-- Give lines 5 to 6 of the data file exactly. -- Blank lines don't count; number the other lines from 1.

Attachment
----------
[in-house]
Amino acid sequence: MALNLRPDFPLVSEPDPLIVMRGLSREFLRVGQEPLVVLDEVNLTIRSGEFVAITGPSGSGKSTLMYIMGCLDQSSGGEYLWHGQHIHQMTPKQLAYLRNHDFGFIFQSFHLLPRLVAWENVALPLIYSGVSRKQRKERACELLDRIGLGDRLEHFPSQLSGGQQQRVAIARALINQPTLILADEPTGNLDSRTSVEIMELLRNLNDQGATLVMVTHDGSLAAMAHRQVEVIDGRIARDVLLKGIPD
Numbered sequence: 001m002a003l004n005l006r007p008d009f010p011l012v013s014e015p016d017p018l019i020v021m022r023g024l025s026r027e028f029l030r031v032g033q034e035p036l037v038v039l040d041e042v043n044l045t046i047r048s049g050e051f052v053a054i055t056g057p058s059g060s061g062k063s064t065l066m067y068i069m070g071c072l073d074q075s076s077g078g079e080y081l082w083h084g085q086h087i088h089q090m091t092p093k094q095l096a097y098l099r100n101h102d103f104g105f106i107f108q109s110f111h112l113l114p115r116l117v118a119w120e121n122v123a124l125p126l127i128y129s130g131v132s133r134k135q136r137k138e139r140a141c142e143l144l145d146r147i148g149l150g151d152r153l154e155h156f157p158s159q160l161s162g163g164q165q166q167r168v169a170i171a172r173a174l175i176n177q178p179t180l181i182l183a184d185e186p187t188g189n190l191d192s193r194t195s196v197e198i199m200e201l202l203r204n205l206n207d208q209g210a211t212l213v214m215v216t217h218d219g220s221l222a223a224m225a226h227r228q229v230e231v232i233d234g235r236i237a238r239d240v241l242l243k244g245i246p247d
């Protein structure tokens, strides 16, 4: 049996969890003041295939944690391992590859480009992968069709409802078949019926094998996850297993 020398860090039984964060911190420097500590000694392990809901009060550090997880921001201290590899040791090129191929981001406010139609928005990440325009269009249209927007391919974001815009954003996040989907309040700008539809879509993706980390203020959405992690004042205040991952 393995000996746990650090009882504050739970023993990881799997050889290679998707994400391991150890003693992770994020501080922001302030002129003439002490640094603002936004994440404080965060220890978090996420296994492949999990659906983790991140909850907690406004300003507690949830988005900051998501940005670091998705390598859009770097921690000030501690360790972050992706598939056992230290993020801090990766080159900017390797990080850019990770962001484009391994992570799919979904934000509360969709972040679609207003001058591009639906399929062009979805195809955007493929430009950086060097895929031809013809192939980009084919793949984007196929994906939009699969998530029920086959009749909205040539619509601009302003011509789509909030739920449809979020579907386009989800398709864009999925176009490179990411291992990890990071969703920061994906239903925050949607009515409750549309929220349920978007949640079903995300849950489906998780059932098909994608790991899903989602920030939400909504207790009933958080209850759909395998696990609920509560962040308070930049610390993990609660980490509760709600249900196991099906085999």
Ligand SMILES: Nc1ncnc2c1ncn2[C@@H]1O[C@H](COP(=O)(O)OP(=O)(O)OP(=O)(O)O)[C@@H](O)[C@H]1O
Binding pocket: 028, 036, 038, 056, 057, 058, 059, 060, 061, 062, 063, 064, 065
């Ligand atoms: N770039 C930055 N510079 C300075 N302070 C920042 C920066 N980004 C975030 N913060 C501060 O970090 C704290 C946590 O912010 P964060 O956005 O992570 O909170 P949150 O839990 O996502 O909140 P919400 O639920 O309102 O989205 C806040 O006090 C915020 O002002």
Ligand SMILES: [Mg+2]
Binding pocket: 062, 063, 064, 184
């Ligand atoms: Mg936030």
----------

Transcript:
Ligand SMILES: Nc1ncnc2c1ncn2[C@@H]1O[C@H](COP(=O)(O)OP(=O)(O)OP(=O)(O)O)[C@@H](O)[C@H]1O
Binding pocket: 028, 036, 038, 056, 057, 058, 059, 060, 061, 062, 063, 064, 065